The attempts by people to badmouth CDMA never cease to amaze me. The original GSM was based on the horribly inefficient TDMA. Basically, the phones took turns talking to the tower, even if they had nothing to say. You got the same limited bandwidth whether you were the only phone connected to the tower, or if the tower were at capacity. If there were more phones than timeslices, you couldn't connect, period.
This is only true for active calls. Many more "idle" phones could be connected at once. There is a limit of 8 connections/cell (so usually 24/tower).
CDMA allows all phones to transmit simultaneously, they just use orthogonal codes which allow the tower to decipher which signal came from which phone. It's computationally more expensive, but it allows a single phone to use all the bandwidth if there are no other phones, while distributing the bandwidth equally if there are multiple phones. If there are more phones transmitting than bandwidth, you start getting dropouts (the volatility of SNR means there's no hard limit at which this happens, as with TDMA).
When carriers started adding data services, GSM was borked due to TDMA's inefficiency. That's why CDMA carriers rolled out 2G and 3G service about a year sooner than GSM carriers. GSM was forced to graft on a separate non-TDMA radio just to handle data traffic. (This is also why you can talk and use data simultaneously on GSM - the phones have two radios, one for voice, one for data. It's not a feature; it's a side-benefit to a fix which CDMA never needed. Most CDMA phones just have one radio which handles both voice and data.) The later GSM 3g data protocols used wideband CDMA. That's right, CDMA won - it was the better technology for data. GSM just incorporated it into their standard so it was still called GSM. If LTE is CDMA functionally dead-ending, then GSM dead-ended way back when cellular data services were first added.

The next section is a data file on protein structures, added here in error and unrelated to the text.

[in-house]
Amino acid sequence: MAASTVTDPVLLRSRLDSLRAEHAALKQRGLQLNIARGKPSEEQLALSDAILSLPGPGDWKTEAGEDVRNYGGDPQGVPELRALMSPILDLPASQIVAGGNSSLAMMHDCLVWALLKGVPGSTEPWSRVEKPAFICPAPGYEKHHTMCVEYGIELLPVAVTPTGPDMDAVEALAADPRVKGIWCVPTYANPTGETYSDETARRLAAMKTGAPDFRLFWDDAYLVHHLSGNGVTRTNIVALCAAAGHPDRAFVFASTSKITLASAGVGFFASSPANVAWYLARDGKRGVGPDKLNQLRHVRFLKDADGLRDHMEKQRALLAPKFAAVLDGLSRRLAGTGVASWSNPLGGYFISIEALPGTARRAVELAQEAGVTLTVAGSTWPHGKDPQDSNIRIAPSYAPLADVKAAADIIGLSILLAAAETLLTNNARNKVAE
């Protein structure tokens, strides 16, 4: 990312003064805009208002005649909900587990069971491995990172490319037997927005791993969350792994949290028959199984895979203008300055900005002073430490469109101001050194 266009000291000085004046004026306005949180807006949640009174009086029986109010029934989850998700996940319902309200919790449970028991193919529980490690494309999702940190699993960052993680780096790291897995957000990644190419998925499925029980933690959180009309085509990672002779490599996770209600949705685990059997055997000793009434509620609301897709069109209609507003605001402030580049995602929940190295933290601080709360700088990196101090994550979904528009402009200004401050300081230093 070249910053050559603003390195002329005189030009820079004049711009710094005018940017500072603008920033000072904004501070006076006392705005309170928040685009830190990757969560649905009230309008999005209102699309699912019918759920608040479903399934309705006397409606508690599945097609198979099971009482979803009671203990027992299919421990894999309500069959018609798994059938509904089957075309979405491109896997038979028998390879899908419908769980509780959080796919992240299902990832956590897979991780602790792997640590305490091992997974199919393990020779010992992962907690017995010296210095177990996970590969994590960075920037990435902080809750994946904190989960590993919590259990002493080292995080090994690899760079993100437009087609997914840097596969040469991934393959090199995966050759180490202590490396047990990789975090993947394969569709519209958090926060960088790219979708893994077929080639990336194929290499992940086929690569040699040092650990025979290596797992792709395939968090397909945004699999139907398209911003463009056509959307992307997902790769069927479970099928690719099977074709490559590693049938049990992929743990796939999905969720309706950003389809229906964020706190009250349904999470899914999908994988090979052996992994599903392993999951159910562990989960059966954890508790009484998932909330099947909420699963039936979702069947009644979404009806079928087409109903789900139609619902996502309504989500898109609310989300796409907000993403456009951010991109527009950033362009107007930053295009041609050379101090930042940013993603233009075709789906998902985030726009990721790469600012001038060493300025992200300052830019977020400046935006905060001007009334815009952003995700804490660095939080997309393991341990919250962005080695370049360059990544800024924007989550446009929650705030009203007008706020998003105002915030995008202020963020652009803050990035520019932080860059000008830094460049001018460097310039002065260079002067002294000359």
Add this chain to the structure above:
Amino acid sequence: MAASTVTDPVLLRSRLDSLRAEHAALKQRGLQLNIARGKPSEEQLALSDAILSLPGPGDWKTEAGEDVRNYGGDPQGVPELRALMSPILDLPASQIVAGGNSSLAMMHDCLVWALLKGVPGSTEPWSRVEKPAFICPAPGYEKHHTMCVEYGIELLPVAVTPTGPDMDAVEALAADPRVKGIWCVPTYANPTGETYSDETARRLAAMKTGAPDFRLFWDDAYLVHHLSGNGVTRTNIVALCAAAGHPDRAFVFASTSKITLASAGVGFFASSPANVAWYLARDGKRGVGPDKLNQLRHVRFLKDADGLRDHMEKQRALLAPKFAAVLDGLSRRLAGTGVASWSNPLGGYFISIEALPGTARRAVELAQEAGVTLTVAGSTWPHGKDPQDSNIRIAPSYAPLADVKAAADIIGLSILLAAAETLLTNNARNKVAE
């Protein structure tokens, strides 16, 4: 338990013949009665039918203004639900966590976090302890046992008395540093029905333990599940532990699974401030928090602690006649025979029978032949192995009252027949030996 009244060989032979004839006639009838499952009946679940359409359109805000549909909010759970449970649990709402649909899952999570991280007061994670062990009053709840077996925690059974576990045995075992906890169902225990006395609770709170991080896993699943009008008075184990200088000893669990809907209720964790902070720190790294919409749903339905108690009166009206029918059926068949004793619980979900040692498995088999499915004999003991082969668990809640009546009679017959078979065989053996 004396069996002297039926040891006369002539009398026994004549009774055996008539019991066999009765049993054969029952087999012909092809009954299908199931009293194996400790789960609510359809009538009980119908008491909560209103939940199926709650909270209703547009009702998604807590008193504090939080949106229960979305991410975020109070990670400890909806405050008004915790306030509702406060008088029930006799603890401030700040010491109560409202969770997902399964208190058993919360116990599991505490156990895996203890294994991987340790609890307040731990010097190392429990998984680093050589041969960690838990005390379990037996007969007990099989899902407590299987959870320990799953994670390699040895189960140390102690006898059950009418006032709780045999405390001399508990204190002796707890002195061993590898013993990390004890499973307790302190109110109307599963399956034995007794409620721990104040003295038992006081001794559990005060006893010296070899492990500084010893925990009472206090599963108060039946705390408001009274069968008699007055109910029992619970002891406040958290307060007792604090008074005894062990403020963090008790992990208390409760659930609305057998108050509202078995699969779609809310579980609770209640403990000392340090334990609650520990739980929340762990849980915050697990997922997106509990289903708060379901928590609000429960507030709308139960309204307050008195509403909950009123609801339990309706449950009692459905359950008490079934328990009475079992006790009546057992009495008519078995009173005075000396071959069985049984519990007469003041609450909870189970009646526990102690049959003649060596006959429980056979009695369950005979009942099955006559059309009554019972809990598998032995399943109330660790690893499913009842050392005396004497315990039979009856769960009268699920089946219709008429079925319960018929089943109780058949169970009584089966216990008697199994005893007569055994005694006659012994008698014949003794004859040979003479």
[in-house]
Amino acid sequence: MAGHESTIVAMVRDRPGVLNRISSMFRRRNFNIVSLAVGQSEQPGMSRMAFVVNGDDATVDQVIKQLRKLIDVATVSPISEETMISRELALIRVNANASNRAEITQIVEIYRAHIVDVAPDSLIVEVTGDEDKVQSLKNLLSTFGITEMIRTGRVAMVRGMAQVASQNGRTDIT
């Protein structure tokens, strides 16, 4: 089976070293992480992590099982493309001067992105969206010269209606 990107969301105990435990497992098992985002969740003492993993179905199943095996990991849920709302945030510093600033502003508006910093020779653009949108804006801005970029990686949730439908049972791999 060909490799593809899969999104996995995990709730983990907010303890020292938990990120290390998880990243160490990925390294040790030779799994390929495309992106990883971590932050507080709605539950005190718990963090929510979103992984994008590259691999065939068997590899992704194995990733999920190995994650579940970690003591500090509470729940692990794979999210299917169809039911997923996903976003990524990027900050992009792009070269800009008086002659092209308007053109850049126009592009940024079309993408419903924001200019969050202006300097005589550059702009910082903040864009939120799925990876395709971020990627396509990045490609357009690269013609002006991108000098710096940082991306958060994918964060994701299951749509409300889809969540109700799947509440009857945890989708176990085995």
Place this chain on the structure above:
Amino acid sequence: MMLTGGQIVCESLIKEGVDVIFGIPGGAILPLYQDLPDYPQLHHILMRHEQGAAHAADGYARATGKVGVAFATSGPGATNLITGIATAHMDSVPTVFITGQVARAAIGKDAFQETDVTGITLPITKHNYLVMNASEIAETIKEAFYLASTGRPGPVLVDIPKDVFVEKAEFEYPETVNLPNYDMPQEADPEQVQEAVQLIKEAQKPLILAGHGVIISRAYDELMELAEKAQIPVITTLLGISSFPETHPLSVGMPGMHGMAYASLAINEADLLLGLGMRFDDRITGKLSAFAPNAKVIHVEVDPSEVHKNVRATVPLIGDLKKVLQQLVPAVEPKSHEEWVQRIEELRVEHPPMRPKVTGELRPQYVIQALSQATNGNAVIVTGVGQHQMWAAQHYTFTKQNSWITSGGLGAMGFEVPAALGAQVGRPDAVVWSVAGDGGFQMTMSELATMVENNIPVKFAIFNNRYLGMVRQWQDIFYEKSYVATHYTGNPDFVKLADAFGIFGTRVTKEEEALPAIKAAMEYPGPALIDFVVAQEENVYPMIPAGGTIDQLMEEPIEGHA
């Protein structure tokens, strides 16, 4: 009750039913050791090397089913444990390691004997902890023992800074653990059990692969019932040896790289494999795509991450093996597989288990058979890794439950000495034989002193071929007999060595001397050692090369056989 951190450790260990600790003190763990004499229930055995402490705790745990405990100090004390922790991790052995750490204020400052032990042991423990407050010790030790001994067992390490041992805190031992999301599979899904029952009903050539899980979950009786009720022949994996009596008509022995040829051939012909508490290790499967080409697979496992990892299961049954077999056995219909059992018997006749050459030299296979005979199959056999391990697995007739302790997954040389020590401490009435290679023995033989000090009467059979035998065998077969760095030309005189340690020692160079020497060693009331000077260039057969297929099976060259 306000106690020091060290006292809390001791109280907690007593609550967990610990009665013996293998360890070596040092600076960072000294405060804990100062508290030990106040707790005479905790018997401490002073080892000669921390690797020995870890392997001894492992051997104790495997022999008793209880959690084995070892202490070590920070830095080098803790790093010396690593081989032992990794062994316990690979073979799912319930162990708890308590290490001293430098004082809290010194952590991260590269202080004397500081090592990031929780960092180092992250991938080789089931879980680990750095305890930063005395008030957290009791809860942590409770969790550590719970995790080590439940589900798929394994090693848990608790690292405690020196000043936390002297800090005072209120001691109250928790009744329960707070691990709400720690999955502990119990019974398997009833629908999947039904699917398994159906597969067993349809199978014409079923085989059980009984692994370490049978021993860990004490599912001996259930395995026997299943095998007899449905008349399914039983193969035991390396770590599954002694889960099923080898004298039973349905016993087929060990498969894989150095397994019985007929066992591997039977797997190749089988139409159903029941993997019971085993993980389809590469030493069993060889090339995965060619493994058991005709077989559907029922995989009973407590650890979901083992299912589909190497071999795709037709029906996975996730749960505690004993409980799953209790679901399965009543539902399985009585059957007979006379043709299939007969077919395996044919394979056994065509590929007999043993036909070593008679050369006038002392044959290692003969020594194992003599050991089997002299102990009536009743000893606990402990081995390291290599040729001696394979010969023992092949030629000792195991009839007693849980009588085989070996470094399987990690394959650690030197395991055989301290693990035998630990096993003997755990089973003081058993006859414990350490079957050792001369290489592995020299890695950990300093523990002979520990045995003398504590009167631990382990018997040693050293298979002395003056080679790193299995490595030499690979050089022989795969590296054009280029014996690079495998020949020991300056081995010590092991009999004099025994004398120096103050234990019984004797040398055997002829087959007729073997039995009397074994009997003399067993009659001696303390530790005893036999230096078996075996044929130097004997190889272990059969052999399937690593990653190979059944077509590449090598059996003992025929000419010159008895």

No, GPRS (GSM's data bolt-on) does not need a separate radio. It uses the free timeslices (not used for voice) for transferring data between the handset and cell (tower). So if all of the 8 timeslots are busy, no data. If no one is talking, then you can (theoretically) use all that for data (though most phones have a limit of at most 4 or 5 of the 8 timeslots).